Trends in Trade Policies: What do they mean for Australia?
Commission Research Paper
International trade intensity has started to decline following decades of steady rises. Increased resort to protectionist policies is one probable cause. There is a particular risk that the United States will shift away from trade liberalisation. And it is possible to envisage ‘tit for tat’ responses escalating, with detrimental impacts on trade and hence economic performance extending well beyond the initial protagonists.
The impact of such a shift would be magnified if it results in reconsideration of foreign investment decisions across nations. As such, even apparently localised trade limiting measures could have a marked impact on global trade, and ultimately economic growth.
Recent Australian trade policy has emphasised bilateral and regional negotiation. Although the Trans Pacific Partnership is unlikely to be ratified by the United States, these possible international shifts have implications for Australia’s position on trade policy including for the new generation of trade agreements in the pipeline.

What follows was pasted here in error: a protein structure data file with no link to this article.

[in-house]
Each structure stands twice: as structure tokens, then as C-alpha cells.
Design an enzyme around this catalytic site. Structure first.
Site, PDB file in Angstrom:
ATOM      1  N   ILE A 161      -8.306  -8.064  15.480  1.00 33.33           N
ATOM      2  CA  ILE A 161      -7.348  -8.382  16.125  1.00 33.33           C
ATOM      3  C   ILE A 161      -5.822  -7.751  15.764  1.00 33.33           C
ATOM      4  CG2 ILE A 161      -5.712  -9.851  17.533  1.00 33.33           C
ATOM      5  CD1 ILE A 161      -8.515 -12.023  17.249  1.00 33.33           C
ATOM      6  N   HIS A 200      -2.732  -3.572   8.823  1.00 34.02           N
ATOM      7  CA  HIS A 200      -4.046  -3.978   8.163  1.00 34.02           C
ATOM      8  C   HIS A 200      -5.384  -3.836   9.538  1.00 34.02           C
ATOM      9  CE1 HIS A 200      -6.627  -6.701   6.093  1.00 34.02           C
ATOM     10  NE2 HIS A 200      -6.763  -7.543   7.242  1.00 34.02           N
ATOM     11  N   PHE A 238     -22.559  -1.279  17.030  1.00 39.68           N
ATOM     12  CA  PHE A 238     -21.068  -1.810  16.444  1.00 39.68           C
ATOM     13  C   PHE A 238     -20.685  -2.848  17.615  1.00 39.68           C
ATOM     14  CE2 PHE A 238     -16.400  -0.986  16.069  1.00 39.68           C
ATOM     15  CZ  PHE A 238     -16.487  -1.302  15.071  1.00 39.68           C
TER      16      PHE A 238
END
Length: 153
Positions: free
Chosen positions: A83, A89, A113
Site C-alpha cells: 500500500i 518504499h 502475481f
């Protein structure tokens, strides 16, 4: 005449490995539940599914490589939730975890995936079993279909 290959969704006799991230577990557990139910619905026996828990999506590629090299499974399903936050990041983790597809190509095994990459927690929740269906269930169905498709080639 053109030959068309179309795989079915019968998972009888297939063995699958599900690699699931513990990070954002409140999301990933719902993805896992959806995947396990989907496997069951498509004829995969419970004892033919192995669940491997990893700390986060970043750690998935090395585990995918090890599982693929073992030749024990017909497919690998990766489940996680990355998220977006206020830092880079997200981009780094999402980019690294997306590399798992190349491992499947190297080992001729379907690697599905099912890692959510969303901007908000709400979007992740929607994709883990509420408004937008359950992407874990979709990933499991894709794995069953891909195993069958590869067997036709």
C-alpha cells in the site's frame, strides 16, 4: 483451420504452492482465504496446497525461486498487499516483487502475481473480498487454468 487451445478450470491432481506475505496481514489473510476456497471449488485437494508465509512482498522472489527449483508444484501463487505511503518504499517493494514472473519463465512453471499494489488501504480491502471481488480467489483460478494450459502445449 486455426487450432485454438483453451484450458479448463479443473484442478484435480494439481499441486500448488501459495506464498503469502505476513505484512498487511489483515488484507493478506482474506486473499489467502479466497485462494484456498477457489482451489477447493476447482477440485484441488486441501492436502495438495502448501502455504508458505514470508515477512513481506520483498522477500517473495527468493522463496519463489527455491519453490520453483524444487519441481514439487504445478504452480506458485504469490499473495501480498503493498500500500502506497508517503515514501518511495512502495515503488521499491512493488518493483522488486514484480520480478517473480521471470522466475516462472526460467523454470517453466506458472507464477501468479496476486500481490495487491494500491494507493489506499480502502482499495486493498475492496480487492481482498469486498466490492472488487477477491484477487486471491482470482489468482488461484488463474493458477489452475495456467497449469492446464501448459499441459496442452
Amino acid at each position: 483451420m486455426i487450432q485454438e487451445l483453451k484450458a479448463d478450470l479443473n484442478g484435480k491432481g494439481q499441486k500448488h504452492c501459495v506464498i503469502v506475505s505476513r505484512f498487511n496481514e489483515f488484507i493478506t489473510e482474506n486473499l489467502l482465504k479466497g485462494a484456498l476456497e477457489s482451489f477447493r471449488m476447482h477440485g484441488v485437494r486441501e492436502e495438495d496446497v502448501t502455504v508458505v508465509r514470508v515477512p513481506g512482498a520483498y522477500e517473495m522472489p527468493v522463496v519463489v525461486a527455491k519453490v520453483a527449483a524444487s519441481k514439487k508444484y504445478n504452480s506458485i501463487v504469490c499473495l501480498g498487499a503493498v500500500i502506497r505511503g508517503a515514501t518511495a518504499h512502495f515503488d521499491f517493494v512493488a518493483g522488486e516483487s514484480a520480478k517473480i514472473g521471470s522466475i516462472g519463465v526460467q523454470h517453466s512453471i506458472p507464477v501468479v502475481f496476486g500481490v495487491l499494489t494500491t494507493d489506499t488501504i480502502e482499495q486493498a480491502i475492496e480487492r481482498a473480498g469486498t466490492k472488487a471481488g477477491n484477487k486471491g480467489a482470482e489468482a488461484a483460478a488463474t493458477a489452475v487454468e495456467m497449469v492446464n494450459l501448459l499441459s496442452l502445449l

Australia has been a clear beneficiary of multilateral and unilateral trade liberalisation. But awareness of the benefits of such policies amongst the Australian population should not be presumed in an environment where global leaders propose to favour local supply regardless of risk or collateral damage.
Objective of the study
The objective of the project is to assess the impacts on Australia of possible international shifts in trade policy towards a more protectionist stance and implications this has for Australia’s trade policy. In that context, a reminder of how much we as a nation have benefited from trade liberalisation would be timely.
Key research questions include:
- How might current trends in trade policy evolve? Would Australia’s trade with China, the United States and other countries be adversely affected? Would there be opportunities from international shifts in trade policy?
- What are the likely impacts on foreign investment for a nation with a strong dependence on foreign capital such as Australia? Are impediments to outward investment by Australian firms likely to increase?
- What would these shifts mean for how Australia should respond, frame and conduct its trade policy? Would a strategic rethink be required for the trade agreements currently under negotiation and for the role Australia might play as a global citizen promoting trade liberalisation?
In pursuing this objective, the research project will use a GTAP-type model to analyse the impact of different policy positions.
The study aims to make a timely contribution to Australian debates about trade policy — providing a reminder of how much we have historically gained from an environment supportive of liberalisation, as well as a consideration of our exposures in a new landscape of trade agreements.
Lou Will 03 9653 2224